Hailing from Dublin, The Number Ones step forward with a debut of scuzz kissed, lo –fi hugged power pop punk which securely brands the band as ones to keep a steady eye on. Their two track caustic treat has one of those sounds which abrases and caresses simultaneously, guitars riling up the surface of the senses whilst fiery melodies soothe their resistance. It is a pleasing and exciting merger which translates to emotions and thoughts around the band, not forgetting hunger.
Formed in 2011 by Sean Goucher (Cheap Freaks, The Pacifics) and Eddie Kenrick (Crowd Control, Loose Nut, Bang Bros) who met through mutual friends and soon found a like-minded appreciation for late 70s melodic punk and powerpop one hit wonders between them, the band soon expanded with the addition of bassist Cian Nugent (Loose Nut) and drummer Conor Lumsden (The Spungos). The quartet did not take long to recruit the passions and hearts of local fans as they gigged extensively across north and south Dublin, strengthening their reputation at every turn which their first single is sure to cement.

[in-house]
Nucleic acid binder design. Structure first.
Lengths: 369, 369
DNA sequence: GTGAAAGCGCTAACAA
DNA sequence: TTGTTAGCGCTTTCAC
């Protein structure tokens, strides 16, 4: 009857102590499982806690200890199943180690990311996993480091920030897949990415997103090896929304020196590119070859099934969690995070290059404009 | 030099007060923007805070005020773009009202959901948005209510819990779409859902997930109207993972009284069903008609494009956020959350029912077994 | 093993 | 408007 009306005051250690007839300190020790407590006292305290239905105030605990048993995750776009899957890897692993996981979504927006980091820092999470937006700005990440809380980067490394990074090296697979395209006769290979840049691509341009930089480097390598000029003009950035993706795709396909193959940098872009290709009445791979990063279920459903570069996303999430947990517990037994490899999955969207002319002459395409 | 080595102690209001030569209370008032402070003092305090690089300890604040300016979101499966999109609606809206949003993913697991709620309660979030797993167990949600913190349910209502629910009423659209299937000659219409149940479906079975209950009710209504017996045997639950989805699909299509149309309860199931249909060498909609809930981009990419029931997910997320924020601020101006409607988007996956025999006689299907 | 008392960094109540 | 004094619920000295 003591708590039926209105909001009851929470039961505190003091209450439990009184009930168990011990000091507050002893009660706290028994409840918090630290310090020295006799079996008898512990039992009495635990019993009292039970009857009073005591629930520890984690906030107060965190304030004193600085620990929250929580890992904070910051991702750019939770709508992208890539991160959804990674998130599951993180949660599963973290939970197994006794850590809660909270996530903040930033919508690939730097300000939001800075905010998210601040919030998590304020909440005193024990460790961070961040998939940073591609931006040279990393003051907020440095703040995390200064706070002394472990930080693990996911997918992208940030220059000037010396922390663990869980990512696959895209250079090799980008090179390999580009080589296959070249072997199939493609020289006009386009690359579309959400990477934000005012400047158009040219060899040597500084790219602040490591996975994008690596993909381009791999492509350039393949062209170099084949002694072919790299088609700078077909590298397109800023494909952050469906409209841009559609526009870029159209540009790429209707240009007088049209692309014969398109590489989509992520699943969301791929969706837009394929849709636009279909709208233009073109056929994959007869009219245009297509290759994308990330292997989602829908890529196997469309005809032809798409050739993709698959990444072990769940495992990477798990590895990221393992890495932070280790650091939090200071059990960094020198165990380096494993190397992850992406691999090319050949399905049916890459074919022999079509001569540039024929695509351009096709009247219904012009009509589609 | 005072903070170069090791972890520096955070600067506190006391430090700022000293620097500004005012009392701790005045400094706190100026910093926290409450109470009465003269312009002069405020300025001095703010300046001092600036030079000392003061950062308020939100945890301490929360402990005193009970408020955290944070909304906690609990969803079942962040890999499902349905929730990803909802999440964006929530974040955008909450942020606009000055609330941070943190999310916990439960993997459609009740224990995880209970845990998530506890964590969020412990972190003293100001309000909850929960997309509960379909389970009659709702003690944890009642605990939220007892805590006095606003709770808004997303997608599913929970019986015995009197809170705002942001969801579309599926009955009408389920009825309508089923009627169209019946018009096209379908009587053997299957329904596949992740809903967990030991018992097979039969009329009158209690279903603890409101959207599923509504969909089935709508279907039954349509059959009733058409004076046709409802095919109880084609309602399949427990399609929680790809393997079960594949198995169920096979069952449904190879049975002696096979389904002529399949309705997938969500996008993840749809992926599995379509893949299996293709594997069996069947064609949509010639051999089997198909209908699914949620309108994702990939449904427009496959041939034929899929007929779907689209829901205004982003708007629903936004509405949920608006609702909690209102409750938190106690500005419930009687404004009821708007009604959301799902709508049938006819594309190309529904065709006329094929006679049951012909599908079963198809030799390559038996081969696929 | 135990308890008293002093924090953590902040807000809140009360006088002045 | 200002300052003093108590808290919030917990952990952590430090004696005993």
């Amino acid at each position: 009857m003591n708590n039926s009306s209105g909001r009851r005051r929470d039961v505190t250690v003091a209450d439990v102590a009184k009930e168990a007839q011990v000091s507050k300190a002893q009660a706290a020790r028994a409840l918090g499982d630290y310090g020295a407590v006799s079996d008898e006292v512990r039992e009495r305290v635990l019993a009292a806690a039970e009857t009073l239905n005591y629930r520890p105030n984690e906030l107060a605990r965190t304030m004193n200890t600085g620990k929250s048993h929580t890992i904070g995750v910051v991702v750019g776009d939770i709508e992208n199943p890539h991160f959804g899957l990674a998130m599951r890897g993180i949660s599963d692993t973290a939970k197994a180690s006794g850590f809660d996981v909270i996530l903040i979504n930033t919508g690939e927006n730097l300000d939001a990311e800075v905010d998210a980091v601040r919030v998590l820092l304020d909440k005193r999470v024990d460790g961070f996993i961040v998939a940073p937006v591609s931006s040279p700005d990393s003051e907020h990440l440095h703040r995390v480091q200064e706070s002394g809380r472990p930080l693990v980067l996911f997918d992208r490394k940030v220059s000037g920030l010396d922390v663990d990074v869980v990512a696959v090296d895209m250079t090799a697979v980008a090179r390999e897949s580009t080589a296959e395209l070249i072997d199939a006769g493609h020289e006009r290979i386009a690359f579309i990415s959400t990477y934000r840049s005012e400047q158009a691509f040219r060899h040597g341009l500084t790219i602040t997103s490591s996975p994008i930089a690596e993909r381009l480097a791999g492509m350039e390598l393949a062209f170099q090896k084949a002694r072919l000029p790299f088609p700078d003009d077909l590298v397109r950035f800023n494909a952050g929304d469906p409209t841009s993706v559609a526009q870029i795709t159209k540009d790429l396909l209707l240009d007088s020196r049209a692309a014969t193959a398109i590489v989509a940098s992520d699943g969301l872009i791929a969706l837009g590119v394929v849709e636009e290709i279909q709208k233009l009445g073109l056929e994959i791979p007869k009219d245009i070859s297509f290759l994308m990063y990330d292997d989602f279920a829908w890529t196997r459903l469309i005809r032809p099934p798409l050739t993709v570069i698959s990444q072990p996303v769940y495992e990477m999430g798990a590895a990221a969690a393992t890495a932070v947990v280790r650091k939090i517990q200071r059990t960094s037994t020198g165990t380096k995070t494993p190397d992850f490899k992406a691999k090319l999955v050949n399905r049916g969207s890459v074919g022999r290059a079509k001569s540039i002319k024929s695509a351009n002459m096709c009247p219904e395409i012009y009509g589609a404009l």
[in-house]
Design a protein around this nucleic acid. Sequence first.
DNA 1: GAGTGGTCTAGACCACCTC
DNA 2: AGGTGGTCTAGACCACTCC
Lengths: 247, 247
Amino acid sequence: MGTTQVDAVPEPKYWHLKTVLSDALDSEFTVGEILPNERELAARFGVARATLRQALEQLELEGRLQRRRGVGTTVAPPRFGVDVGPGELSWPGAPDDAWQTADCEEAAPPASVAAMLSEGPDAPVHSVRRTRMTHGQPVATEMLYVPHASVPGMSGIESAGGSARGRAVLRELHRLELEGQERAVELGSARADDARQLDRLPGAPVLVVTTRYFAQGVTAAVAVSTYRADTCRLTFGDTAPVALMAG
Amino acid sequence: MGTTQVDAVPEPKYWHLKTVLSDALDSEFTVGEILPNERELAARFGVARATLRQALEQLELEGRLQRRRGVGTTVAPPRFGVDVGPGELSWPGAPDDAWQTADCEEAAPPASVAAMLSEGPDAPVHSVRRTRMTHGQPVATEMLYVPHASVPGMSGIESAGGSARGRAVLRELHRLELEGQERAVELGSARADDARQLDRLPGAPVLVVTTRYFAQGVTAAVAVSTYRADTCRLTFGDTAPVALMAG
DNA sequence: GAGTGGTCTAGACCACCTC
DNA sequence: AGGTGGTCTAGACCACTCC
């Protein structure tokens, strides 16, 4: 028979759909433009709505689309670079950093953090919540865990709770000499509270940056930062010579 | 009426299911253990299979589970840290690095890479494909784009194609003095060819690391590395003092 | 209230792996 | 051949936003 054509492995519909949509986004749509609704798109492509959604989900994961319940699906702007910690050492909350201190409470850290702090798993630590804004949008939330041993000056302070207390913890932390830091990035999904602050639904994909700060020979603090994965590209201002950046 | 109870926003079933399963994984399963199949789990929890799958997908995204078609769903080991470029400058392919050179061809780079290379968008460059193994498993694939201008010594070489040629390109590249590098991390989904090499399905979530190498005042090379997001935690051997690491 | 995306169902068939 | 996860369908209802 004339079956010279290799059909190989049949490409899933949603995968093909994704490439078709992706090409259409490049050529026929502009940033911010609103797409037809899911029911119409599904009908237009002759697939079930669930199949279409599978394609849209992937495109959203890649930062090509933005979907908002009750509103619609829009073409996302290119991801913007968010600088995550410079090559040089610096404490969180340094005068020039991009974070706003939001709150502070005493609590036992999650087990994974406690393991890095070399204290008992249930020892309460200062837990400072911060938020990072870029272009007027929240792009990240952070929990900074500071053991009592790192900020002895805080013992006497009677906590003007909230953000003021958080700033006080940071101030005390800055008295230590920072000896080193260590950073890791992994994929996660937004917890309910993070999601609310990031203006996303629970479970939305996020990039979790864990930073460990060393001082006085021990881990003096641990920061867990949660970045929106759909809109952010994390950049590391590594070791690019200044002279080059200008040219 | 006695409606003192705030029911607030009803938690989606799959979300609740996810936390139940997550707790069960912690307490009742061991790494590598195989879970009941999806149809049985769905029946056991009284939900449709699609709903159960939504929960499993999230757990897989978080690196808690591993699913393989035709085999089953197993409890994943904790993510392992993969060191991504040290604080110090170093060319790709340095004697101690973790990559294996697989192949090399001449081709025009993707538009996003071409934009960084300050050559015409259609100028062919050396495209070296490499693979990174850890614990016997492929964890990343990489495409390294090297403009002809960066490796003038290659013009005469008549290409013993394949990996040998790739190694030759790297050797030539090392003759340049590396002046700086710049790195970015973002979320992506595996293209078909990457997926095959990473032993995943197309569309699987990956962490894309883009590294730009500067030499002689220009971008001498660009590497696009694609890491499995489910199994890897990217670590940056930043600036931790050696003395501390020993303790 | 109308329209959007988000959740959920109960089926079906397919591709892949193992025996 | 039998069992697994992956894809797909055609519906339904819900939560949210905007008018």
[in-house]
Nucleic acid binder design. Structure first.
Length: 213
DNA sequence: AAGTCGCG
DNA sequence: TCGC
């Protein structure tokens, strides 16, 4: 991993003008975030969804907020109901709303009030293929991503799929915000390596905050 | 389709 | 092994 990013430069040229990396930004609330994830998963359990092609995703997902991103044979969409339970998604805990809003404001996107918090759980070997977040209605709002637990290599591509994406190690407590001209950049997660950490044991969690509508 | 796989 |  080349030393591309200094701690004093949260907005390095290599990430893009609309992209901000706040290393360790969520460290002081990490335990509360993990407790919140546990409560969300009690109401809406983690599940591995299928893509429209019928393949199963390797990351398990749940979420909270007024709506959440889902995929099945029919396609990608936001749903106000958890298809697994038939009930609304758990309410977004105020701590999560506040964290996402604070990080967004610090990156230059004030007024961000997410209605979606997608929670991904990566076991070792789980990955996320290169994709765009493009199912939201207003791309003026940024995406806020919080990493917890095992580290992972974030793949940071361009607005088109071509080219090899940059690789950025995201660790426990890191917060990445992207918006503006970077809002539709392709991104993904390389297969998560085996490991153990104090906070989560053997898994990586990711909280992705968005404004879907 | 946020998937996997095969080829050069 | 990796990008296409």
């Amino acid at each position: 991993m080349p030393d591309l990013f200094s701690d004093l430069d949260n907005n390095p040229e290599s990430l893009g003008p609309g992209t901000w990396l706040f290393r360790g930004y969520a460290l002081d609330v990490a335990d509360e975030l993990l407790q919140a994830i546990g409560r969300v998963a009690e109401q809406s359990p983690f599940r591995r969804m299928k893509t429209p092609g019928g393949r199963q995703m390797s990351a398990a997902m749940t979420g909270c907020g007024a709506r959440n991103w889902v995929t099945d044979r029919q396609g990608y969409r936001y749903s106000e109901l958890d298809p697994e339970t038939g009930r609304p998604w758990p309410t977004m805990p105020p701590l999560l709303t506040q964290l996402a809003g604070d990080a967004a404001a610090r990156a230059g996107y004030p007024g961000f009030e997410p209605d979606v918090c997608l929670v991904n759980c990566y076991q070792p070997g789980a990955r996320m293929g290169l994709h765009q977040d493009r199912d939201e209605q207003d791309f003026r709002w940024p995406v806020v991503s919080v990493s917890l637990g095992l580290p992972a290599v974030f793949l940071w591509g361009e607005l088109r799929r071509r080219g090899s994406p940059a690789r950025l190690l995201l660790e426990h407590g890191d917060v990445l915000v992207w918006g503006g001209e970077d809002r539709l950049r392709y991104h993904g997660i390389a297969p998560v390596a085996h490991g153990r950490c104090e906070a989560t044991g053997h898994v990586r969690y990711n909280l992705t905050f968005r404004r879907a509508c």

Released through Cork-based DIY record label Art for Blind, the single strikingly caresses the ear from the first second of I Wish I Was Lonely, guitars offering a raw touch as bass and drums add their weighty presence to the introduction. The vocals do not wait around to make their touch known, the dual delivery a great blend of discord urged harmonies and rugged control recalling the heady days of Irish punk when bands like The Outcasts and Rudi as well as the Good Vibrations record label started out. Aided by the equally unpolished scent of sound it all adds up to a song that is infectious and thoroughly enjoyable, and one drenched in potent promise.
Its companion He’s Too Good For Everyone Else But He’s Not Good Enough For You is straight to the jugular type of song, riffs and drums leaping for the throat of the senses with an urgency and appetite that refuses to accept no for an answer. As with the first the concussive percussion wash and piercing jangly flames of guitars sear their presence deep within moments, whilst the vocals bring a contagion and punk bred riot that only elevates the satisfaction easily cultivated by band and song.
The Number Ones is a band with a strong future given the opportunity and placed in an environment where the production really lights the fire of their songs, it is hard not to expect big things from the four-piece; right now though their debut more than gets the job done.
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